Visit our booth at the 50th International Congress on Medeval Studies in Kalamazoo. (Booth #8, Exhibit Hall, Goldsworth Valley III, Western Michigan University)

"Peace Making in the Marriage Practices of Bosnian's in Bosnia-Herzegovina."
Venue: Dayton International Peace Museum, 208 W Monument Ave Dayton, OH, 45402 United States

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Our 2015 Spring/Summer catalogue is available for download.

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Watch an interview with Margarita Balmaceda about energy and state-building in Eastern Europe and about her book "Living the High Life in Minsk".

Energy and State-Building in Ukraine, Belarus and Lithuania: Between Domestic Oligarchs and Russian Power 

a lecture by

Margarita M. Balmaceda

- See more at: http://www.ceu.hu/event/2015-01-13/energy-and-state-building-ukraine-belarus-and-lithuania-between-domestic-oligarchs#sthash.51Usuh1V.dpuf

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Search the full text of our books:


 

An Empire of Others
Creating Ethnographic Knowledge in Imperial Russia and the USSR

 

Edited by Roland Cvetkovski and Alexis Hofmeister

Roland Cvetkovski is assistant professor at the Department of Eastern European History in Cologne
Alexis Hofmeister is research assistant at the Department of History, University of Basel

Ethnographers helped to perceive, to understand and also to shape imperial as well as Soviet Russia’s cultural diversity. This volume focuses on the contexts in which ethnographic knowledge was created. Usually, ethnographic findings were superseded by imperial discourse: Defining regions, connecting them with ethnic origins and conceiving national entities necessarily implied the mapping of political and historical hierarchies. But beyond these spatial conceptualizations the essays particularly address the specific conditions in which ethnographic knowledge appeared and changed. On the one hand, they turn to the several fields into which ethnographic knowledge poured and materialized, i.e., history, historiography, anthropology or ideology. On the other, they equally consider the impact of the specific formats, i.e., pictures, maps, atlases, lectures, songs, museums, and exhibitions, on academic as well as non-academic manifestations.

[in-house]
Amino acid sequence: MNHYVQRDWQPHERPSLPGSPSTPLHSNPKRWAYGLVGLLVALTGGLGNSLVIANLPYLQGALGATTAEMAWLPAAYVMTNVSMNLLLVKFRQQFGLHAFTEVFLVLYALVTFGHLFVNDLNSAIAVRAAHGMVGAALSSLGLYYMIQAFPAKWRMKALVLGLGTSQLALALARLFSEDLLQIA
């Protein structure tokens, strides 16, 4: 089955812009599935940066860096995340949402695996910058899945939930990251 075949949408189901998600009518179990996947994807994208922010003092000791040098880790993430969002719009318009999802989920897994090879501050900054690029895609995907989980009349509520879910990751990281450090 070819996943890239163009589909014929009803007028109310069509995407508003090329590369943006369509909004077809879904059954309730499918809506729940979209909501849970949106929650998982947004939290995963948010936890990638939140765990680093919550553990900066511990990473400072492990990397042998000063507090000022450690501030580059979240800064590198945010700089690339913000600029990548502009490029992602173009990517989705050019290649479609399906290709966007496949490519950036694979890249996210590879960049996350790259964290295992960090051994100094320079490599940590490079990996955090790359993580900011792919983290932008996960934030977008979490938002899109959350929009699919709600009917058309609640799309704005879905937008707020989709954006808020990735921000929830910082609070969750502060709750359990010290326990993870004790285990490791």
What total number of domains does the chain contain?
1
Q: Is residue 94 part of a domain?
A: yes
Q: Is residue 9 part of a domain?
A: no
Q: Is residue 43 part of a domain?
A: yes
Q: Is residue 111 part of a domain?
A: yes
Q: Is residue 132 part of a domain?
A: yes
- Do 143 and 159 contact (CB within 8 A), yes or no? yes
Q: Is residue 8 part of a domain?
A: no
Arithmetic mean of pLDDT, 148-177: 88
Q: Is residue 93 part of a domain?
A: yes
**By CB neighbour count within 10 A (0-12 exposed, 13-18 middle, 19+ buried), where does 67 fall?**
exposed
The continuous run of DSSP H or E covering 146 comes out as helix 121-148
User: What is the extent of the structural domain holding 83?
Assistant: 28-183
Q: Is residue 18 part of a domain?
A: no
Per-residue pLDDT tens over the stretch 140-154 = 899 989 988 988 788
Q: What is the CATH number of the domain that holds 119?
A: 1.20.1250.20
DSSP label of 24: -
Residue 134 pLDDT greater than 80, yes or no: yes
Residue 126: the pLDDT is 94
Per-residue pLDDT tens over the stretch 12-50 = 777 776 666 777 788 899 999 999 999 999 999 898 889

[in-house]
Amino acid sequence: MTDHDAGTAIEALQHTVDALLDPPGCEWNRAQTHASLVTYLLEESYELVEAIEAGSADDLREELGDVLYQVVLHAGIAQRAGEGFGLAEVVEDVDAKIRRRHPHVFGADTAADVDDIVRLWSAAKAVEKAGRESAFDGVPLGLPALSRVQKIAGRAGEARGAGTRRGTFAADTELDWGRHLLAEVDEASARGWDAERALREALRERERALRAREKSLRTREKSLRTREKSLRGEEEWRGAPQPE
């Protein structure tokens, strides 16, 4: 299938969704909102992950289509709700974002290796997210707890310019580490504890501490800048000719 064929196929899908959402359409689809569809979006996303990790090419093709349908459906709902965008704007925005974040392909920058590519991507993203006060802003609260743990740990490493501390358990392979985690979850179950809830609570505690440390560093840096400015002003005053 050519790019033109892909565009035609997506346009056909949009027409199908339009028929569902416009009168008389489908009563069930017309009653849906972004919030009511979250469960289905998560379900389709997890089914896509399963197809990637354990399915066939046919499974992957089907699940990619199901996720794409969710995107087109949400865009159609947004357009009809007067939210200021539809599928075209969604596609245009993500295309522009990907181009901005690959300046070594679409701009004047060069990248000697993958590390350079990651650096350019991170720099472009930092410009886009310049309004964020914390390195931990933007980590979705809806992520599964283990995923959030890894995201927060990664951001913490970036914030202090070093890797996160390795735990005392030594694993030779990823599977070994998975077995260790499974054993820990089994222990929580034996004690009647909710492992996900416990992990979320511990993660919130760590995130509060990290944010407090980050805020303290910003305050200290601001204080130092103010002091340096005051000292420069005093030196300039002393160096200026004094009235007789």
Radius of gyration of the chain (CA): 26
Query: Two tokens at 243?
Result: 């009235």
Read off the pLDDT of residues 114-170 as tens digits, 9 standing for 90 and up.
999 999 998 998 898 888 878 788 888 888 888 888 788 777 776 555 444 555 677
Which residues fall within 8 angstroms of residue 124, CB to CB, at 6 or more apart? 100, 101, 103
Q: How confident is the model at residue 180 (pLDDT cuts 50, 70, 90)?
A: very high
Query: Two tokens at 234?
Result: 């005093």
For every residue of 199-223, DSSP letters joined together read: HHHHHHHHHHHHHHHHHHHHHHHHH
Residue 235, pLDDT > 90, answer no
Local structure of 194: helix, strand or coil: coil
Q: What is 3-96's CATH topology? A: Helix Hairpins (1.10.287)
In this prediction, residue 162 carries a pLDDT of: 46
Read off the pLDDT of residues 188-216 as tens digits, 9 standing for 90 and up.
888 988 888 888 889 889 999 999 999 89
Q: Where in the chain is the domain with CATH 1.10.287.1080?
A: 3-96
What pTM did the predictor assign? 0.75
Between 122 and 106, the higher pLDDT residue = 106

Contents: 1. Introduction: On the Making of Ethnographic Knowledge in Russia 2. Imperial Case Studies: Russian and British Ethnographic Theory Part I: Paradigms 3. Russian Ethnography as a Science: Truths Claimed, Trails Followed 4. Beyond, Against, and with Ethnography: Physical Anthropology as a Science of Russian Modernity 5. Ethnography, Marxism and Soviet Ideology 6. Ethnogenesis and Historiography: Historical Narratives for Central Asia, 1940s–1950s Part II: Representations 7. Symbols, Conventions and Practices: Visual Representation of Ethnographic Knowledge on Siberia in Early Modern Maps and Reports 8. Empire Complex: Arrangements in the Russian Ethnographic Museum, 1910 9. Learning about the Nation: Ethnographical Representations of Children, Representations of Ethnography for Children Part III: Peoples 10. Siberian Ruptures: Dilemmas of Ethnography in Imperial Situation 11. Concepts of Ukrainian Folklore and the Transition from Imperial Russia to Stalin’s Soviet Empire 12. No Love Affair: Ingush and Chechen Imperial Ethnographies 13. National Inventions: The Imperial Emancipation of the Karaites from Jewishness 14. List of Contributors

“The central contribution of this book is its detailed focus on the specific contexts that shaped the creation of ethnographic knowledge in modern Russia. When read together, the essays offer a revealing archeology of the discipline, showing readers how tsarist and Soviet ethnographers simultaneously defined both their subjects and their own expertise over a roughly three-hundred year period.”—Willard Sunderland, University of Cincinnati

2014
414 pages
978-615-5225-76-5 cloth $75.00 / €57.00 / £47.00

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